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Volume 09 No. 03
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Book Reviews

Sleep in Childhood Neurological Disorders

Frank M. Ralls, M.D.1,3; Swala K. Abrams, M.D.2
1Division of Pulmonary, Critical Care, and Sleep Medicine, Department of Internal Medicine; 2Department of Psychiatry, University of New Mexico School of Medicine, Albuquerque, NM; 3University of New Mexico Hospital Sleep Disorders Center, Albuquerque, NM

Sleep in Childhood Neurological Disorders is a rare book in that it captures one's interest on the very first page and sets a comfortable and unremitting pace until the final word of the final chapter. Each author has carefully chosen his/her subject material and succinctly summarizes the assigned topic such that the reader finds a finely tuned wealth of knowledge with something new in every chapter. Many of the commonly struggled with sleep disorders are addressed, defined, and then presented with material consistent with the latest literature on the subject. Disorders that may be common themes only to pediatric sleep specialists in tertiary care practices are also fully addressed, with key features of each disorder highlighted.

This book provides something for everyone who has an interest in pediatric sleep medicine, particularly for those whose practice includes the treatment of children with neurological pathology.

The first chapter immediately captivates the reader, beginning with the science of sleep, providing intriguing examples of the role of sleep in humans, reptiles, amphibians, birds, and other beings. The functions of sleep, sleep architecture, neuro-anatomy, and neurotransmitters are clearly explained; this sets the stage for the ensuing chapters. Subsequent chapters provide practical ways to evaluate children with sleep disorders, examples of sleep histories, and discussion of other assessment tools.

The fundamental disorders of restless legs syndrome, childhood parasomnias, narcolepsy, and circadian rhythm disorders are clearly defined along with the pathogenesis, identification, treatments, and—most importantly for the purpose of this book— how each disorder variably affects children with special needs.

Detailed attention is given to sleep in the context of epilepsy, neurodevelopmental disorders and children with brain tumors. Many readers will be surprised at the prevalence of seizures that occur primarily during sleep. In this book, information not readily offered or in a format not easily absorbed in other resources is served up like a delectable meal, ready to be tasted and savored. Topics include sleep and pediatric traumatic brain injury, craniofacial disorders, and Chiari malformations. The captivating subject of inverted melatonin secretion in disorders such as Smith-Magenis Syndrome is especially well done. Congenital central hypoventilation syndrome (CCHC), which is eponymously referred to as Ondine's Curse, the etiologically defined gene PHOX2b, and ventilator management of these patients is expertly described.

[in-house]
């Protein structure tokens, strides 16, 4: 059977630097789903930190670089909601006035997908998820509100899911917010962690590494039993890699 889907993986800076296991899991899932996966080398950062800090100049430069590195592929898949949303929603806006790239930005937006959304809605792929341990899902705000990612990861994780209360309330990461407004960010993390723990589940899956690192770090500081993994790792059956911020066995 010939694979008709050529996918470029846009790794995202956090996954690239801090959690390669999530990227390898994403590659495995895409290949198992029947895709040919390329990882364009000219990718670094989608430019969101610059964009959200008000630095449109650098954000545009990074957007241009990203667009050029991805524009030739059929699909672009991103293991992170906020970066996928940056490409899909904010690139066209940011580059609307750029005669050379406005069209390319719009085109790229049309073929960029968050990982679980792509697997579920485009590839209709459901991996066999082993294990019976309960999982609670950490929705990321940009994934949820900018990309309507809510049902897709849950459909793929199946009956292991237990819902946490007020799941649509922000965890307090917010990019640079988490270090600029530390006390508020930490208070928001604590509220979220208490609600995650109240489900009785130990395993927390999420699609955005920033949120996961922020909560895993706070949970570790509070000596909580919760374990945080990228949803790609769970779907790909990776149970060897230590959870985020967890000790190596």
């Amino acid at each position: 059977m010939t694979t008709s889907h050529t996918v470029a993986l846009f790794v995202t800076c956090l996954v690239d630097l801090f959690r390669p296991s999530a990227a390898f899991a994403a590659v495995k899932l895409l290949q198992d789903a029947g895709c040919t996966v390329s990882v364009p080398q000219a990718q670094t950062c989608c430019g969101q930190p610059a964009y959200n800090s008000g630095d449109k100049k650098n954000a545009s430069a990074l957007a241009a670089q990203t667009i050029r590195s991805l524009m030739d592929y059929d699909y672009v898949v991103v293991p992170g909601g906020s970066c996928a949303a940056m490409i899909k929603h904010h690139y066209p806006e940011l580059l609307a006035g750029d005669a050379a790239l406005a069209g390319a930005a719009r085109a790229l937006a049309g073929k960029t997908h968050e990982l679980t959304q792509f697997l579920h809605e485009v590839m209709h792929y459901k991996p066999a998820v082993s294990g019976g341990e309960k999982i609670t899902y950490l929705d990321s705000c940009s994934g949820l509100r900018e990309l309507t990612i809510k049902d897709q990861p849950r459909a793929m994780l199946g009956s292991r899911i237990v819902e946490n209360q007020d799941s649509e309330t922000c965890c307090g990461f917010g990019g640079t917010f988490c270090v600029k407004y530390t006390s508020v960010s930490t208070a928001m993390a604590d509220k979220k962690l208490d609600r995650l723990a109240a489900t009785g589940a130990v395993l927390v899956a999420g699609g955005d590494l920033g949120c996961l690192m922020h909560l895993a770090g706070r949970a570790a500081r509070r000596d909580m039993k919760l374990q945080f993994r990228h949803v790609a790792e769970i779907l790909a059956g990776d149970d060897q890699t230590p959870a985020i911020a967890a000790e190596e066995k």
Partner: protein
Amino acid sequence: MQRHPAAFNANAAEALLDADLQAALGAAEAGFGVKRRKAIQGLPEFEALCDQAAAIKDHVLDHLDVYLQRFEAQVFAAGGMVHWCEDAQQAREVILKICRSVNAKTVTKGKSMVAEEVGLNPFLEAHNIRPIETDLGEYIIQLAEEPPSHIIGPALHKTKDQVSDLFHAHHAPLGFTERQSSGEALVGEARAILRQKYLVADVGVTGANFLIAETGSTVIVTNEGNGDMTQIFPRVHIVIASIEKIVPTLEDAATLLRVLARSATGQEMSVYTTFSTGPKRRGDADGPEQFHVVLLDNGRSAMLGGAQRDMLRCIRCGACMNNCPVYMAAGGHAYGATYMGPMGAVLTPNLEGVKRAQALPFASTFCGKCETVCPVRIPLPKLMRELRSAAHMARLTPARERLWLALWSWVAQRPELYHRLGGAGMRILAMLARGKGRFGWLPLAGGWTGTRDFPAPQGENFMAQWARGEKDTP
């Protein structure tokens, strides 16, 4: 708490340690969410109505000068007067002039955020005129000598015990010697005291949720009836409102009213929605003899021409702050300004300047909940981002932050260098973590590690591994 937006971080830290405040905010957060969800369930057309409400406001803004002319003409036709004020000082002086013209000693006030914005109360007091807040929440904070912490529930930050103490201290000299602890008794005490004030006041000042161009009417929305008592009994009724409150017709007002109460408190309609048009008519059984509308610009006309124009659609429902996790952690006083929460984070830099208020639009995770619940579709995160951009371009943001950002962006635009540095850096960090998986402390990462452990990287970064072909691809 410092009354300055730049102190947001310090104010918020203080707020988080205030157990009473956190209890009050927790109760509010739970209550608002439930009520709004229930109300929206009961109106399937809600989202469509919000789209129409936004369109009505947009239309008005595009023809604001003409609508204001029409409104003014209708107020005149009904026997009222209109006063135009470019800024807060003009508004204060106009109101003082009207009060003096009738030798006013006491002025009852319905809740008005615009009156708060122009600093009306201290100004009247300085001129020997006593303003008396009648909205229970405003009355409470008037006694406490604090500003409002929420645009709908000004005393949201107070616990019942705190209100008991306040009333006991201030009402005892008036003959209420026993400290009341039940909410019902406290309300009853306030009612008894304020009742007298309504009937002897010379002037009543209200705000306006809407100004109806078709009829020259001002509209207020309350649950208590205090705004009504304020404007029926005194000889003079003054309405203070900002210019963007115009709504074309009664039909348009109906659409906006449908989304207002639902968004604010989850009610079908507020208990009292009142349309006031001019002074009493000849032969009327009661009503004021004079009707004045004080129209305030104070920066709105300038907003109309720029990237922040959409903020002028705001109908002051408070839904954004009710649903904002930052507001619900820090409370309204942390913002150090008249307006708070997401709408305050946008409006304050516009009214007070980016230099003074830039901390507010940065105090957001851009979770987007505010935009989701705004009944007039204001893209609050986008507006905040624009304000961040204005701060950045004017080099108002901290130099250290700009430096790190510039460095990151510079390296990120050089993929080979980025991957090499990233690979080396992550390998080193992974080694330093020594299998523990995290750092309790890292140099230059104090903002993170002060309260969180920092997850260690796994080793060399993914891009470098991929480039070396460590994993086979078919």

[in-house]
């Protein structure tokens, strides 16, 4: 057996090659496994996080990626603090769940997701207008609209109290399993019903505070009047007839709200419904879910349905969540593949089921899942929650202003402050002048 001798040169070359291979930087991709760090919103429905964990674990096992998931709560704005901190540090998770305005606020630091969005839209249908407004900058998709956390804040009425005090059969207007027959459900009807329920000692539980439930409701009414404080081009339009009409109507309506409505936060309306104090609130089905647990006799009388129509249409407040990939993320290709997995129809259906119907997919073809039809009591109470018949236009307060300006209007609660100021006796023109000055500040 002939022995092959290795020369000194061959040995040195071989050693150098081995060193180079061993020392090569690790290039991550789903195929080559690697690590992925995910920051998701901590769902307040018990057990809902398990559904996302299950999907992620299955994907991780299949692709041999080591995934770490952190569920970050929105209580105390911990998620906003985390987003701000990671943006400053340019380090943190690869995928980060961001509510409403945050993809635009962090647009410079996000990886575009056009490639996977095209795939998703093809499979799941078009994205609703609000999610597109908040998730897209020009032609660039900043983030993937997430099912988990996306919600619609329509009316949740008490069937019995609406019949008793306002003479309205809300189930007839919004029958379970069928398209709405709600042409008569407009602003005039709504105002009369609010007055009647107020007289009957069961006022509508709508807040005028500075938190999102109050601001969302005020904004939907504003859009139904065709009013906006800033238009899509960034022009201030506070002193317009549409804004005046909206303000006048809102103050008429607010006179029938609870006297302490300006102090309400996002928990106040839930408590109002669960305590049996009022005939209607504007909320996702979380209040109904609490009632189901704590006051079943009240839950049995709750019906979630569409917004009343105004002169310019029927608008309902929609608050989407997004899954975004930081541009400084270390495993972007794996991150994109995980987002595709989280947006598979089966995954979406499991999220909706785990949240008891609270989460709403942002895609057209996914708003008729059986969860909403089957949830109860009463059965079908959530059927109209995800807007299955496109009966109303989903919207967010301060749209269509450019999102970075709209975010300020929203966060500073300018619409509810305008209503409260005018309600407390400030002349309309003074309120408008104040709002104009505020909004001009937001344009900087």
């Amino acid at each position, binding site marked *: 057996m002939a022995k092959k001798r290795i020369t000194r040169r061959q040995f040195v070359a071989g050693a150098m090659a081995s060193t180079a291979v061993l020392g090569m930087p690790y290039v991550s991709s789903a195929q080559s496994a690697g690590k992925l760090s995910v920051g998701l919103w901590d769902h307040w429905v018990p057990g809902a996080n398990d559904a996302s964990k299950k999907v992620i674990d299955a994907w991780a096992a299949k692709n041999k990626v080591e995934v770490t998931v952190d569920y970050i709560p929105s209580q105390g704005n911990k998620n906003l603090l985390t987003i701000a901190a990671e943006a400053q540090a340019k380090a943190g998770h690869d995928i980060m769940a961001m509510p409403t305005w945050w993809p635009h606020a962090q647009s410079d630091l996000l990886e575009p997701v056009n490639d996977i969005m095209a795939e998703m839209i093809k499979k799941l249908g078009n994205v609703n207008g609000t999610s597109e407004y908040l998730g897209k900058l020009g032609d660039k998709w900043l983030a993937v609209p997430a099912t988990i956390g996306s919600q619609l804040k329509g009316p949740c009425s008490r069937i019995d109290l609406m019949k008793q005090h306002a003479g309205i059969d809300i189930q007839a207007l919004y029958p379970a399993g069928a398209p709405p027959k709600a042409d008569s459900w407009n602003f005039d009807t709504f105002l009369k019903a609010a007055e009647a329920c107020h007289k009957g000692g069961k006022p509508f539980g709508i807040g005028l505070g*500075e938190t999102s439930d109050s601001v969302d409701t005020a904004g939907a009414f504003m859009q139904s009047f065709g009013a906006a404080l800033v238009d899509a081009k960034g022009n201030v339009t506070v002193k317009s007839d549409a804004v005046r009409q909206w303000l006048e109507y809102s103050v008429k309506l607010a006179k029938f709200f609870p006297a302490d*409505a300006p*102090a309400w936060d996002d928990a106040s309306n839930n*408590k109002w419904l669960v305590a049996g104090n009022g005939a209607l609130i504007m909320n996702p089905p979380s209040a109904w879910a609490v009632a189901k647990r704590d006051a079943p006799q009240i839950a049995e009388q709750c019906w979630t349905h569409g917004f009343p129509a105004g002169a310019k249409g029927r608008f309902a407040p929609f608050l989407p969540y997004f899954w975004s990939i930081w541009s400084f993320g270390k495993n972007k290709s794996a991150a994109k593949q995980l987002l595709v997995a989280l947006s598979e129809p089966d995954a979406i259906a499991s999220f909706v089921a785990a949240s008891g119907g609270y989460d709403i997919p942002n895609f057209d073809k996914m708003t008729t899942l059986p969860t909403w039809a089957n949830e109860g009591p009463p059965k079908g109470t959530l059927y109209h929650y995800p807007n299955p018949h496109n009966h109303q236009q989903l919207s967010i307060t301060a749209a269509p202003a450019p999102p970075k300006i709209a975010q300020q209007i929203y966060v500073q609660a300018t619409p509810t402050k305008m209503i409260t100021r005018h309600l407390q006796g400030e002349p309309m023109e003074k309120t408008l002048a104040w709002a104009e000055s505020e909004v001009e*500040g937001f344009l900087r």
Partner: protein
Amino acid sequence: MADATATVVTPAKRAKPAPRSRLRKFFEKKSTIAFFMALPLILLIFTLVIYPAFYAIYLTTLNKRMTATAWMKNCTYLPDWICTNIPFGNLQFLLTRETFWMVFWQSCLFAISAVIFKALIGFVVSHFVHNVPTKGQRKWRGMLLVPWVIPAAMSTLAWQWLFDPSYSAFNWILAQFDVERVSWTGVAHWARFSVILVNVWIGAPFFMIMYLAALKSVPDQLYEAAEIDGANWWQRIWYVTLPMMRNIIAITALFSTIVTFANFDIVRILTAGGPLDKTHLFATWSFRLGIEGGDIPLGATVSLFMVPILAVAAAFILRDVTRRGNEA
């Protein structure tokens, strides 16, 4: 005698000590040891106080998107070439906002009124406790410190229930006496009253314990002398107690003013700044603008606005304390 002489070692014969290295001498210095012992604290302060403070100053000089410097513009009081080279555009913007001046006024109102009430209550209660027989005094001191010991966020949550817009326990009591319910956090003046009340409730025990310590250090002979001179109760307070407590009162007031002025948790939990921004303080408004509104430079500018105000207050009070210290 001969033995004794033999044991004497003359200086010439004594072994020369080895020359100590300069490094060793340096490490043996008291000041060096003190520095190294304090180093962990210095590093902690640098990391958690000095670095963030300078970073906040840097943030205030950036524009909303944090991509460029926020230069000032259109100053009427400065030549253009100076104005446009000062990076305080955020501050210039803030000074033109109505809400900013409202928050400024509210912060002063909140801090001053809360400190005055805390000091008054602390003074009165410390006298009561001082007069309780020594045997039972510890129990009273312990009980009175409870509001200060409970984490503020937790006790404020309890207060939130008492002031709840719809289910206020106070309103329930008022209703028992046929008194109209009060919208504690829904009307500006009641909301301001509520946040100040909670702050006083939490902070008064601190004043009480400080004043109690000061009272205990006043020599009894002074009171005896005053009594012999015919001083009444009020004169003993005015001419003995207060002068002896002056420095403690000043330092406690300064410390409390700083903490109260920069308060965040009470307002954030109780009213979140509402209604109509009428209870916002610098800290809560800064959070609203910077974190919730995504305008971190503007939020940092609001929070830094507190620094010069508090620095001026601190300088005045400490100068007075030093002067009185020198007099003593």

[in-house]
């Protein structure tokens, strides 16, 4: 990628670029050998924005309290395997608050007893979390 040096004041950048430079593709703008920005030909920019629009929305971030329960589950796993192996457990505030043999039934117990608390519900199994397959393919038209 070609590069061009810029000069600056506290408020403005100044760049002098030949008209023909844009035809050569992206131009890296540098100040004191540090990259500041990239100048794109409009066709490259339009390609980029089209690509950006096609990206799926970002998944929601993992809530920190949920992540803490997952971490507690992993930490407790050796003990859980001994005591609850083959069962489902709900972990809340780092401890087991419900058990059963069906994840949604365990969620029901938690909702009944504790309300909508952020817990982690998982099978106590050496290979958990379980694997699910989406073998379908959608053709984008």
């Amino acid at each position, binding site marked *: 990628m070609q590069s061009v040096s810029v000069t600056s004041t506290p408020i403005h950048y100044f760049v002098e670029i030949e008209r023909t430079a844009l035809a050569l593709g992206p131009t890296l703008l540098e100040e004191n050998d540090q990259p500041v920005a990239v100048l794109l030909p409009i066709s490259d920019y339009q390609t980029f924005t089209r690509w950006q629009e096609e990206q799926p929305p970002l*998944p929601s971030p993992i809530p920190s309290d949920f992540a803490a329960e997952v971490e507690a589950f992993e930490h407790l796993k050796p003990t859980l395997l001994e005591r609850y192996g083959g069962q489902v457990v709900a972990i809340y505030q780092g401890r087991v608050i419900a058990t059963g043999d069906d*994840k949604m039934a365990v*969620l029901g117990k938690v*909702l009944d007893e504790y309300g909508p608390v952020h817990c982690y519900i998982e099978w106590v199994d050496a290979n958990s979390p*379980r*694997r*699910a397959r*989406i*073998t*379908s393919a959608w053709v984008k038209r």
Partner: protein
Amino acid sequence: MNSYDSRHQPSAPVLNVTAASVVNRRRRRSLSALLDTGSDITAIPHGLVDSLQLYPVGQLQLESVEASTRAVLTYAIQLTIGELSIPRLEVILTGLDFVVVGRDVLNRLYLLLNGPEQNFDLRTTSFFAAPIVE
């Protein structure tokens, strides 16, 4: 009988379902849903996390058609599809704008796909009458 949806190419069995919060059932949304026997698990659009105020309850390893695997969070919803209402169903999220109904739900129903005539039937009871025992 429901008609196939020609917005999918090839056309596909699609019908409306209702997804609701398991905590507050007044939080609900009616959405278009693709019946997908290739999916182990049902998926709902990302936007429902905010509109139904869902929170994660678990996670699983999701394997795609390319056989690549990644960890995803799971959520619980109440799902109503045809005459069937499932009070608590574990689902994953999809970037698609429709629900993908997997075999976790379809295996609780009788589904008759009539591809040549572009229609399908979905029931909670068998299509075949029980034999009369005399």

The importance of the multidisciplinary team approach for evaluating children and psychiatric disorders is addressed, and there is a thorough explanation of how sleep problems adversely affect mood and neurobehavioral dysfunction. The authors do a nice job of discussing common psychiatric disorders and appropriate medication management.

Among our many favorite chapters was one describing the association of poor sleep and headaches, a subject that must be very familiar to all sleep specialists. Also discussed is the association of headaches and other sleep disorders, such as periodic limb movements of sleep, and treatment strategies are explored.

The chapter on pharmacology is like icing on a cake. The effects of various medications to induce sleep and the latest treatment of narcolepsy and obstructive sleep apnea are described in easy-to-understand and captivating detail.

The plethora of well-placed pictures, graphs, and summarizing paragraphs (including “pearls” and “key points”) make this an especially welcome resource.

Sleep in Childhood Neurological Disorders will bring the reader up to date with the latest medical information on this subject, providing ideas which are immediately useful, as well as presenting new ideas that many will find fascinating and challenging.

In summary: Sleep in Childhood Neurological Disorders is a unique compilation of excellent chapters that brings much insight and understanding to the pathological sleep states that affect many children, especially those with neurological disorders. This book is interesting, captivating, and provides important up-to-date information. At only $85, Sleep in Childhood Neurological Disorders is a must-read for any clinician who wishes to increase his/her understanding of sleep problems and have a positive impact in the pediatric population with neurological disorders. A book of this caliber should be considered as part of the routine curriculum of any sleep fellowship that emphasizes training in pediatric sleep medicine. This book is so well written that even the non-specialist is able to read and understand crucial information to help serve the needs of those very special patients.


The authors have indicated no financial conflicts of interest.


Ralls FM; Abrams SK. Sleep in childhood neurological disorders. J Clin Sleep Med 2013;9(3):291-292.